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The Nightmare Overpayment You Need to Know About
HR Stories From The Front Lines*
Payroll mistakes happen. After all, you’re human. But what if a data entry error turned into a five-figure overpayment?
As an employer, you do your best to hire honest employees, but you can’t foresee every possible situation. So, if you accidentally overpay someone, it’s reasonable to hope that person will bring it to your attention.
The nightmare situation that follows serves as an important reminder that not all employees will fess up to an undeserved windfall …
and that getting repaid for the mistake may require actions that cost you more in the long run.*
Let's join "Nightmare Overpayment" on HR Stories from the Frontlines.Read more
(*These incidents really happened; but names and other details have been changed.)
Stay Up to Date on the Latest Employment Legal Updates
Do you have an HR question keeping you up at night?
The following questions were submitted to our HR Professionals in the past month ...Question #1
Our company recently surpassed 50 employees. We have an employee who will most likely need one to three months off to care for her ill mother. What are the steps I should take to ensure I comply with FMLA?
I am the HR manager of a family-owned business that has several different entities – each of which is a separate corporation owned by the family.
In recent months, I have noticed a trend of former employees applying for positions at one of the other locations and some of these former employees are not subject to rehire at their previous location.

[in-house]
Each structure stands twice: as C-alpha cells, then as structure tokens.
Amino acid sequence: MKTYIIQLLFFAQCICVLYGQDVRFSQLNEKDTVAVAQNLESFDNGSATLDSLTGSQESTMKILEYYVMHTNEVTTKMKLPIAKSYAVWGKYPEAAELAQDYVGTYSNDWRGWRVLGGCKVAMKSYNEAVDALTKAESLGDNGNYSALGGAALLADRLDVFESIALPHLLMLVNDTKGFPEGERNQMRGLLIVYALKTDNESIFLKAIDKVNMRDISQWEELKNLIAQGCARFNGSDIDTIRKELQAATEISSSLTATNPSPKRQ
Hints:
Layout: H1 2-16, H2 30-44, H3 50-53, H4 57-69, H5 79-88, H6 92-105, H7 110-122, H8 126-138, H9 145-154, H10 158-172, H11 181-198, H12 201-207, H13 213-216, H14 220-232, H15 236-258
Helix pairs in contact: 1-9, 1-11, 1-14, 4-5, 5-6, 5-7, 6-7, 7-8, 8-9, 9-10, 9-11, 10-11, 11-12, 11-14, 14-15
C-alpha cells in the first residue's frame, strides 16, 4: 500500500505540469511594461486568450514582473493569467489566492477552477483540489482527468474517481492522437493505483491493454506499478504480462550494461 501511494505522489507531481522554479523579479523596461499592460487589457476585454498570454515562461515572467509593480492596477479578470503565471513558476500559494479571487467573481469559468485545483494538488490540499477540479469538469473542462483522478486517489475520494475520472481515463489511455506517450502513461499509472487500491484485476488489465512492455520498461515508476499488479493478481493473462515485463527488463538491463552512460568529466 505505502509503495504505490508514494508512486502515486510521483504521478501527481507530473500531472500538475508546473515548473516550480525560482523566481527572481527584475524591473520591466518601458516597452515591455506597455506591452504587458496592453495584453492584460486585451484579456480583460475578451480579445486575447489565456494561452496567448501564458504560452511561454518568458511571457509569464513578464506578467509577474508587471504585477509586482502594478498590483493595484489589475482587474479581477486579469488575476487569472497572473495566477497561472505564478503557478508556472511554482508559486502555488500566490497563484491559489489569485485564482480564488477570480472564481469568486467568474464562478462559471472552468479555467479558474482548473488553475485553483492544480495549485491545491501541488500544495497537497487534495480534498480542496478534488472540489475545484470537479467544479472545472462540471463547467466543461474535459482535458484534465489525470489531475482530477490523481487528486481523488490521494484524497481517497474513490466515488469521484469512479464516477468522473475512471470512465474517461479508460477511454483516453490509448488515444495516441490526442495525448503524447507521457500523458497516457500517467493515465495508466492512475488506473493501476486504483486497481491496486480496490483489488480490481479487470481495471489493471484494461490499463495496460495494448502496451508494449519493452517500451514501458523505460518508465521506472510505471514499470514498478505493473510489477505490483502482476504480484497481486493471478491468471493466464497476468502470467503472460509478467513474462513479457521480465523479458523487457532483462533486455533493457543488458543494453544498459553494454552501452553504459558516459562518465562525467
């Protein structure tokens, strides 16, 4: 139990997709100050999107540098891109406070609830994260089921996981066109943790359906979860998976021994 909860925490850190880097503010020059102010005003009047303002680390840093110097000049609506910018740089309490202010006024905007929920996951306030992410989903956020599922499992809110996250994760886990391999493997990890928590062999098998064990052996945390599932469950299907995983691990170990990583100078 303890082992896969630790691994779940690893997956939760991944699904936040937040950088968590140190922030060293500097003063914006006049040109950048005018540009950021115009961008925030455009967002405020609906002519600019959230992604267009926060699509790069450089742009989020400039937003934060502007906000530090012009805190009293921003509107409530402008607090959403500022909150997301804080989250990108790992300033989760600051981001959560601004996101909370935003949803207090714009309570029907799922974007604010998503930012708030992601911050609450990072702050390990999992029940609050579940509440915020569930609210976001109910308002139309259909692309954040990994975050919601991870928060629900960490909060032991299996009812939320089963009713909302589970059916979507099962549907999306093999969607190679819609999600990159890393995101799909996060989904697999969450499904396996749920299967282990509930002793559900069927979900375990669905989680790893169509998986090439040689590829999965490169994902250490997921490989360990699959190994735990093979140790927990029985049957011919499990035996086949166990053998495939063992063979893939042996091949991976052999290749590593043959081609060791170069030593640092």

To avoid this problem, can I provide a report of former employees who are not eligible for rehire to the managers of our other locations?View the Answers
Handling the Helicopter Parent of
Your Minor Employees
Cindy owns a local fast food restaurant and employs many minor employees. She has never had any issues with employing minors until she hired Hank (who is 16).
Hank regularly reports to work late and, after 5 tardies, Cindy issues a written warning. Hank is immediately apologetic. He signs the written warning and promises that he will work harder to report to work on time.
The next day, Cindy receives a phone call from Hank’s mother, Pamela. She is very upset that she was not contacted before Hank received a written warning. Pamela also accuses Cindy of breaking the law because she asked a minor to sign a written warning. Finally, Pamela informs Cindy that, in the future, she must be present anytime Cindy speaks with her son.
Does Cindy have to comply with Pamela's demands?
Yes, because Hank is a minor and he cannot legally sign a document without a parent present.
Maybe, because Hank is a minor, Cindy should at least consult Hank’s parents before taking disciplinary action.
No, there is not any obligation to involve Hank’s parents. The employment relationship is with Hank.
6 Communication Tips to Avoid HR Disasters + Manager Cheat Sheet
You’re busy. We get that, but our quick tips for being a better HR Director will help you avoid HR nightmares with ease. We’ve even created a checklist for your managers, so they can learn to lead better without burdening you unnecessarily.
Read ahead for part two of our series to gain valuable tips and guidelines for communicating with employees about HR issues..
This information is provided by ePlace Solutions, Inc. which is solely responsible for its content. ePlace Solutions, Inc. is not engaged in rendering legal or other professional services. Federal and state laws are more complex than presented here. This information is simplified for the sake of brevity and is not a substitute for legal advice. ePlace Solutions, Inc. disclaims any liability, loss or risk incurred as a consequence, directly or indirectly, of the use and application of any of the contents of this information.